Threatening Employees on Social Media is No LOL Matter

Jaburg Wilk

Jaburg Wilk

Sometimes jokes fall flat. Sometimes they can get employers in trouble with the National Labor Relations Board (the “NLRB”). A recent case is a cautionary tale.

What Happened?

In responding to a story about workers for another company staging a walkout, Ben Domenech, an executive officer of FDRLST Media, tweeted the following from his personal Twitter account: “FYI: @fdrlst first one of you tries to unionize I swear I’ll send you back to the salt mine.” An NLRB complaint ensued. Domenech asserted his post was satirical in nature. However, the NLRB did not agree.

The NLRA’s Protections

The National Labor Relations Act (the “Act”) preserves employees’ rights to unionize. As such, the Act prohibits employers from interfering, restraining, or coercing employees from exercising their rights. The legal test used to determine if an employer has violated the Act is: “Whether the statements or conduct have a reasonable tendency to interfere with, restrain or coerce union or protected activities.” Important aspects of the law applicable to this case are that an employer’s motive or success of its “threat” are not factors the court considers. Instead, courts apply a reasonable person standard. Simply put, the court’s legal query asks “whether the employer’s conduct, viewed from the perspective of a reasonable person, tends to interfere with the free exercise of employee rights.”

The Court’s Analysis

After explaining—in surprising yet enthralling detail—the meaning of “salt mine,” the Administrative Law Judge (“ALJ”) determined Domenech’s tweet violated the Act. Pointing to previous NLRB case law, the ALJ explained even threats made in a joking manner could violate the act. Notable to its case, FDRLST advanced affidavits from two employees who stated they found the post satirical and comedic in nature. The ALJ discounted these affidavits stating it was unclear why FDRLST chose those two specific employees and could not rule out FDRLST potentially threatened the employees to provide the statements.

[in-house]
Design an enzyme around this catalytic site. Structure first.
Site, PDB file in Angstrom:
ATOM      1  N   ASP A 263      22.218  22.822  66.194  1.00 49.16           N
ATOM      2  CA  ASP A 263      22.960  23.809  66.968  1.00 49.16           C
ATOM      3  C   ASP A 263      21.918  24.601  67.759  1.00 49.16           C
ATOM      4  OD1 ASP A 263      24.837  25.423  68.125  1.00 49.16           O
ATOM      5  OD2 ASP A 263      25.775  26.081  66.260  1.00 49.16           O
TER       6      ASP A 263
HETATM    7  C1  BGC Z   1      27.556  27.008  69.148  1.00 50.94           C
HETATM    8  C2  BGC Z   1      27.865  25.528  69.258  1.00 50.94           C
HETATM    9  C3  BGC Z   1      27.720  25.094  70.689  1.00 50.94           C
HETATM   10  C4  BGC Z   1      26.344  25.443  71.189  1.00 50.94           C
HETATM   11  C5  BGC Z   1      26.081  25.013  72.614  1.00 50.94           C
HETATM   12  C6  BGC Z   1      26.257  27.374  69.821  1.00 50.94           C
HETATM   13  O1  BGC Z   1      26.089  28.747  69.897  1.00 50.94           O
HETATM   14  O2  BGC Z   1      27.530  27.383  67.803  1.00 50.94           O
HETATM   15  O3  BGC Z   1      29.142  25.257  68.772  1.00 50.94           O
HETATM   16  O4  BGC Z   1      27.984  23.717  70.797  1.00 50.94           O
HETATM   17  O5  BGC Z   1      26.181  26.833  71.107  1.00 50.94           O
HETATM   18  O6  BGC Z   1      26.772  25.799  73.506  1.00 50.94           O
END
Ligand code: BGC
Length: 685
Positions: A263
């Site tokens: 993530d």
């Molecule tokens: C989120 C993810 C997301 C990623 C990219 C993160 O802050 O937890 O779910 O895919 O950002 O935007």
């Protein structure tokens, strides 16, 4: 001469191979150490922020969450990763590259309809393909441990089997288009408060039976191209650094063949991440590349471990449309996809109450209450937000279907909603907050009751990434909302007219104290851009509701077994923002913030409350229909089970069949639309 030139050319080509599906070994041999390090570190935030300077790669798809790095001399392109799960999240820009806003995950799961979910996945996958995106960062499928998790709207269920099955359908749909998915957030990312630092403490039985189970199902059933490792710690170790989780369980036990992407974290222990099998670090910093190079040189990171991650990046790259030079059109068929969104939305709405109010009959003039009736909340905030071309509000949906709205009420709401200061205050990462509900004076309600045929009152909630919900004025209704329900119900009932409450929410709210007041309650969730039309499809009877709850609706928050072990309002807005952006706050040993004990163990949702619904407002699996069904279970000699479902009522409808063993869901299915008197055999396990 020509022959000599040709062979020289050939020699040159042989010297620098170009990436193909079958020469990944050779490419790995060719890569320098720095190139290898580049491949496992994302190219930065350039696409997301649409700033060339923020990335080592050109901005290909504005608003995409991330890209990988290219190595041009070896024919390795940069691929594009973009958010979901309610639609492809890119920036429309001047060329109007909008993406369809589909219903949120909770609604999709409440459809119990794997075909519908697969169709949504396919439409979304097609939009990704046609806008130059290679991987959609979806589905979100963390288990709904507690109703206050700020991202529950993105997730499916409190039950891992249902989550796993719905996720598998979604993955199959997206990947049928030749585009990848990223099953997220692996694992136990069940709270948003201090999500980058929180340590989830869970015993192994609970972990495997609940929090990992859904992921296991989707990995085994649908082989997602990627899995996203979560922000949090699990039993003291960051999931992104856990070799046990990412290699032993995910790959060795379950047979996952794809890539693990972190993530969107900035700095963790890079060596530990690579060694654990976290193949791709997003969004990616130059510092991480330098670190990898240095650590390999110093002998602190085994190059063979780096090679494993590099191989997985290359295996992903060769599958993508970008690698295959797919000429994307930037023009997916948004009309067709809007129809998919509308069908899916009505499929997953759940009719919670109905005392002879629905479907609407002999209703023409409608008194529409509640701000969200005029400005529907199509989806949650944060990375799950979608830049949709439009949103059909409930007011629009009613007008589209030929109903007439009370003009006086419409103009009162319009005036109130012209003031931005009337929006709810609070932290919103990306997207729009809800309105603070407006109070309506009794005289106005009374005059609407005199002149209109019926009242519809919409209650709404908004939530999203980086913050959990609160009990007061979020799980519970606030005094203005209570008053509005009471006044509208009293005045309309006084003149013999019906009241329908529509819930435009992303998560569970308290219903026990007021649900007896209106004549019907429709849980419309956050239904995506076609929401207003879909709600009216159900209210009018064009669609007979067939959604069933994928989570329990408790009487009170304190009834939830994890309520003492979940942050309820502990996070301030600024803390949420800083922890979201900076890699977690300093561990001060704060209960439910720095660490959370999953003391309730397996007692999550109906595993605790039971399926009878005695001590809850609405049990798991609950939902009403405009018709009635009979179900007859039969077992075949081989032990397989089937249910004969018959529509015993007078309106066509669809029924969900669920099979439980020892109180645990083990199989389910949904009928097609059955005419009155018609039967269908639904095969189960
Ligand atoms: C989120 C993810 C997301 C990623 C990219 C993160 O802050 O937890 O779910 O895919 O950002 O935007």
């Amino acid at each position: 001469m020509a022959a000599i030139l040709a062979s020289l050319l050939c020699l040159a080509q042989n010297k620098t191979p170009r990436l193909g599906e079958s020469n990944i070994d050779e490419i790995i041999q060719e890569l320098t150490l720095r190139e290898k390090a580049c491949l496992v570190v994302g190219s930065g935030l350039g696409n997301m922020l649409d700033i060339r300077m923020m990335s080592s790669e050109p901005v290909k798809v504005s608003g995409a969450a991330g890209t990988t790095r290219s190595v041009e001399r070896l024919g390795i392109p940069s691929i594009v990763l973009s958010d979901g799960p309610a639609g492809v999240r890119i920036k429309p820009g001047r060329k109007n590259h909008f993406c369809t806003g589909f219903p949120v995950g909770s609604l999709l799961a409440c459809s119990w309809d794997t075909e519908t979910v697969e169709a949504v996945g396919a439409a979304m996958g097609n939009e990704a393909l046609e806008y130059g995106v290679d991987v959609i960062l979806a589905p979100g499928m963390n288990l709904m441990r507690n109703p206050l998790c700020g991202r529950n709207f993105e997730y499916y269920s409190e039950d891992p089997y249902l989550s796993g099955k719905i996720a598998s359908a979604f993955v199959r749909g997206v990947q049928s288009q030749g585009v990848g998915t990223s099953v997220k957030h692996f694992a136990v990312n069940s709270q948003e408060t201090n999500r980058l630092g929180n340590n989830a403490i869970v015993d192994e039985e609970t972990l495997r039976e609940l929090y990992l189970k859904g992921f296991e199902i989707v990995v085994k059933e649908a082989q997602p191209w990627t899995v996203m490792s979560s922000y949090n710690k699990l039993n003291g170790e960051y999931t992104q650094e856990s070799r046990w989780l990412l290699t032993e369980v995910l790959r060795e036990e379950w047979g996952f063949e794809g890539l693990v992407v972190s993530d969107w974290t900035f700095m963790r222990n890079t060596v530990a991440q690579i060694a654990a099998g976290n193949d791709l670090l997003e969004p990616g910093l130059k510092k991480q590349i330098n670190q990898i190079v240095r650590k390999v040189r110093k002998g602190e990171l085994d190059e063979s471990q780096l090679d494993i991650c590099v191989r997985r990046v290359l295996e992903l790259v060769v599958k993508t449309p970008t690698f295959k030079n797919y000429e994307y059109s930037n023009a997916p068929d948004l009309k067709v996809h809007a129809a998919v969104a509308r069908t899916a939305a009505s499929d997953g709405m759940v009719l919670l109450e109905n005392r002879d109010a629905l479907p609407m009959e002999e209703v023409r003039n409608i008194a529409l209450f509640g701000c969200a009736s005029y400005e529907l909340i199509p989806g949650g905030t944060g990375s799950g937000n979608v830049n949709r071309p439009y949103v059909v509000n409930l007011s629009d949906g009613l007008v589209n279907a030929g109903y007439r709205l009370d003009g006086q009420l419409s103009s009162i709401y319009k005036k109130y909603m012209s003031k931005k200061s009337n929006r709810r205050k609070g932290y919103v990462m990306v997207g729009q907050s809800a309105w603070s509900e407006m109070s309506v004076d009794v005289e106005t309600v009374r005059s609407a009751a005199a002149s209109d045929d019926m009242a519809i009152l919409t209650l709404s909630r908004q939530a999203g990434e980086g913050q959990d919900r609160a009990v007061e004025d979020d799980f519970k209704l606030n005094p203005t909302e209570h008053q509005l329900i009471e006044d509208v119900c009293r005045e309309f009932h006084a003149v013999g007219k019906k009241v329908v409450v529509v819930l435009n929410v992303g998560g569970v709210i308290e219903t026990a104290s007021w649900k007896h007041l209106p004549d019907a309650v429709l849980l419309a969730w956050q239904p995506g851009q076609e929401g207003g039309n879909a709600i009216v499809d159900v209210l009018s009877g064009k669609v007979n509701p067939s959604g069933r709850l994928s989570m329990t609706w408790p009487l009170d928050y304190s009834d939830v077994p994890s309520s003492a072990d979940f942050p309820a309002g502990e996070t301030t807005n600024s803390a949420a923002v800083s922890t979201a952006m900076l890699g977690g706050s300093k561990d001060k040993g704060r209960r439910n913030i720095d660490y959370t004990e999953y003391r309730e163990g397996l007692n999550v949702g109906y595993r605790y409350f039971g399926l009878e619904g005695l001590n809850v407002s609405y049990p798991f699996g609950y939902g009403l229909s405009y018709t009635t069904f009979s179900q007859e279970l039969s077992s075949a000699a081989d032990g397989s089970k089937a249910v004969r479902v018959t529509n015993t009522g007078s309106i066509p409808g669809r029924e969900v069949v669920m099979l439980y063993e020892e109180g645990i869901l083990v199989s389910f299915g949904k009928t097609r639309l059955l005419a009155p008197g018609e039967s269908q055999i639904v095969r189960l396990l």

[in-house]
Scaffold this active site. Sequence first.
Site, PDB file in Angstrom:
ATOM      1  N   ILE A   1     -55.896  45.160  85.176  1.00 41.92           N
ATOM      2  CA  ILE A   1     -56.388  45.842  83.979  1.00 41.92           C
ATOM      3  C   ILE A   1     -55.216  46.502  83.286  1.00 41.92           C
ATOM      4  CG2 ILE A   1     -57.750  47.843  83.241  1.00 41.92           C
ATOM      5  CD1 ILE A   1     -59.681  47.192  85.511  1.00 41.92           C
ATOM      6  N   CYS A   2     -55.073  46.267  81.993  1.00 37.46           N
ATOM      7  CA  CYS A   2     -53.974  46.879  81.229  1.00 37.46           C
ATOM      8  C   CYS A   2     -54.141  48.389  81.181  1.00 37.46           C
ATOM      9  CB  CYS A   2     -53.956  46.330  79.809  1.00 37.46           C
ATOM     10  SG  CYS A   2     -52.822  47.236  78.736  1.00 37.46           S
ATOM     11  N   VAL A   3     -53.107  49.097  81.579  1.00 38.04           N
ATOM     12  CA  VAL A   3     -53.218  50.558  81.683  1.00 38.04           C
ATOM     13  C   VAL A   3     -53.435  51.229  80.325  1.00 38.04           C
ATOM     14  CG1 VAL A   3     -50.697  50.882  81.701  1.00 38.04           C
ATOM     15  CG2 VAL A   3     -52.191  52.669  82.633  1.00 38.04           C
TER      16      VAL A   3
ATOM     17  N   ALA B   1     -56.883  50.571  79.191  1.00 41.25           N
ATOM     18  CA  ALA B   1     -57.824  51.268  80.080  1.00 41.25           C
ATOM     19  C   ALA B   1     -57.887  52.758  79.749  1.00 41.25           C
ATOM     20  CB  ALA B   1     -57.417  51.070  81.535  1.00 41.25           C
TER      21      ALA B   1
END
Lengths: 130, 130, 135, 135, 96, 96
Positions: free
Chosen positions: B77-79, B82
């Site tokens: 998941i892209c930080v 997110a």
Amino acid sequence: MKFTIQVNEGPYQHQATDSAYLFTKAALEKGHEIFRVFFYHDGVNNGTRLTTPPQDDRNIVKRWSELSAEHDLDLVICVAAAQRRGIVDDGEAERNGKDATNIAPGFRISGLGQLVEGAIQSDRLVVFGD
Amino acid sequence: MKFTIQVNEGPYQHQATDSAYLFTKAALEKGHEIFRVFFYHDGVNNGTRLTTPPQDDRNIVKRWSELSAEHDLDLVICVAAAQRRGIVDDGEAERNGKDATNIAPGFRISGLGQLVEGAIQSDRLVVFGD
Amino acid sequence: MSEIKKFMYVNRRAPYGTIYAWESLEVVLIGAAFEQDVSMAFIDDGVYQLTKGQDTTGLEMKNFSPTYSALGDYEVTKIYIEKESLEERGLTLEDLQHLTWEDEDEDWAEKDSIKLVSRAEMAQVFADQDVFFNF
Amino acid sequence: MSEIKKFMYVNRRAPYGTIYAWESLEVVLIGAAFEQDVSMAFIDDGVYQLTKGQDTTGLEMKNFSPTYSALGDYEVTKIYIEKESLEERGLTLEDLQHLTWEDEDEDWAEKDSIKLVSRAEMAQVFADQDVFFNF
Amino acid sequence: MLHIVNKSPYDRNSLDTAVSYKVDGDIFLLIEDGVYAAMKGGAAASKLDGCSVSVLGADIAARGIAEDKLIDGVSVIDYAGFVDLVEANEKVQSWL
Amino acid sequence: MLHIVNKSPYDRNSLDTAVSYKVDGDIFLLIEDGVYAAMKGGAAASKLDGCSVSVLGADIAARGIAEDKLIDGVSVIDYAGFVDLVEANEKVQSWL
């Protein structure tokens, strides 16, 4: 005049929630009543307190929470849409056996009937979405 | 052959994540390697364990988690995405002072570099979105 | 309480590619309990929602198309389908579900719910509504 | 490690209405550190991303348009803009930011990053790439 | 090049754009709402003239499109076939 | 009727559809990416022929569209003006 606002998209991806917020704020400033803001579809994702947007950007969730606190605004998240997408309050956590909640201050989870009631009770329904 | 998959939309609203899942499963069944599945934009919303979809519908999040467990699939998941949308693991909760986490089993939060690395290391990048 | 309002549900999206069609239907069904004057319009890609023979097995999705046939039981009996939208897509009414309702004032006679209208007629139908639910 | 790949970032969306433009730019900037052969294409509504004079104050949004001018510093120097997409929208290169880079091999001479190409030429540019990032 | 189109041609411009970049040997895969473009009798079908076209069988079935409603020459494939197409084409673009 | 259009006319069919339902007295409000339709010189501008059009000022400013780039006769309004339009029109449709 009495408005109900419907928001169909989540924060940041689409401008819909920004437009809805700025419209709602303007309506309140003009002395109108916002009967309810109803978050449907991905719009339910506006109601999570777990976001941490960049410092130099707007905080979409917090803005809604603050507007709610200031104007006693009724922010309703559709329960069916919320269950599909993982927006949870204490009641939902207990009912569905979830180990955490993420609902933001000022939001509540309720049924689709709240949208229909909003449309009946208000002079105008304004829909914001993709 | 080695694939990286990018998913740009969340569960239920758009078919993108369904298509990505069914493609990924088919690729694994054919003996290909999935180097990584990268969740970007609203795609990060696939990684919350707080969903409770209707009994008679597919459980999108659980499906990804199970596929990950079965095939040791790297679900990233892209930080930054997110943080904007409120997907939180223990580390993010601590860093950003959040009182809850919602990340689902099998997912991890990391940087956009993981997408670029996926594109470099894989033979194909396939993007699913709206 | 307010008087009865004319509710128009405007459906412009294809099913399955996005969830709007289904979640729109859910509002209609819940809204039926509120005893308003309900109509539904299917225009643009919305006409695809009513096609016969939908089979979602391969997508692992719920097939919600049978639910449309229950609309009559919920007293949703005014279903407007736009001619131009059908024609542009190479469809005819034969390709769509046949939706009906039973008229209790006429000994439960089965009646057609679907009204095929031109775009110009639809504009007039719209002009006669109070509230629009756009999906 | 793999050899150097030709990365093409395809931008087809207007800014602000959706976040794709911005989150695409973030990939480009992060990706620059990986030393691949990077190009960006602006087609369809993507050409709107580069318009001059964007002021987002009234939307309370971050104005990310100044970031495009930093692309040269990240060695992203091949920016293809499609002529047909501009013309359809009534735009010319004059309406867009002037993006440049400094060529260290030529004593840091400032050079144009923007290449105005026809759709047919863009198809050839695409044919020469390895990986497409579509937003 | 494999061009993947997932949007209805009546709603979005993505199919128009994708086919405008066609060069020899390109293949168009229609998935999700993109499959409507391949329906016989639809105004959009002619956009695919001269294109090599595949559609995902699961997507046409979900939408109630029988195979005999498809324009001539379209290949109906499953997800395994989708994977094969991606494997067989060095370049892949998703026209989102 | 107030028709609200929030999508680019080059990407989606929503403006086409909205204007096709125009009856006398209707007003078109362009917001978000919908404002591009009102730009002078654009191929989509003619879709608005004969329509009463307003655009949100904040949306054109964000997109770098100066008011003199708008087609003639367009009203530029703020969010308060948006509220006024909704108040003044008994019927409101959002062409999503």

What Now?

The result of this case is notable because it shows how an employee’s social media post can land an employer in hot water—or in this case—the salt mine. Perhaps a simple “LOL” or a happy face emoticon would have changed things—but we’ll never know. Tips for employers to avoid such problems:

  • Consider a social media policy. A carefully worded and effective social media policy allows an employer to minimize the risks associated with employee use of social media by proactively defining acceptable and unacceptable uses in the context of the employment relationship.
  • Workplace training. Social media and NLRA trainings, specifically aimed at management, directors and officers, is an important tool in combatting situations such as these. In the FDRLST case, Domenech thought his comments were innocuous. Proper training would point out how such comments can be problematic. An educated workforce is a healthy workforce.

A tough crowd is a comic’s worst nightmare. Essentially, it is an audience that is impossible to please. One key take-away from this case is the NLRB is a tough crowd and not an audience you want to use to test your material.

DISCLAIMER: Because of the generality of this update, the information provided herein may not be applicable in all situations and should not be acted upon without specific legal advice based on particular situations.

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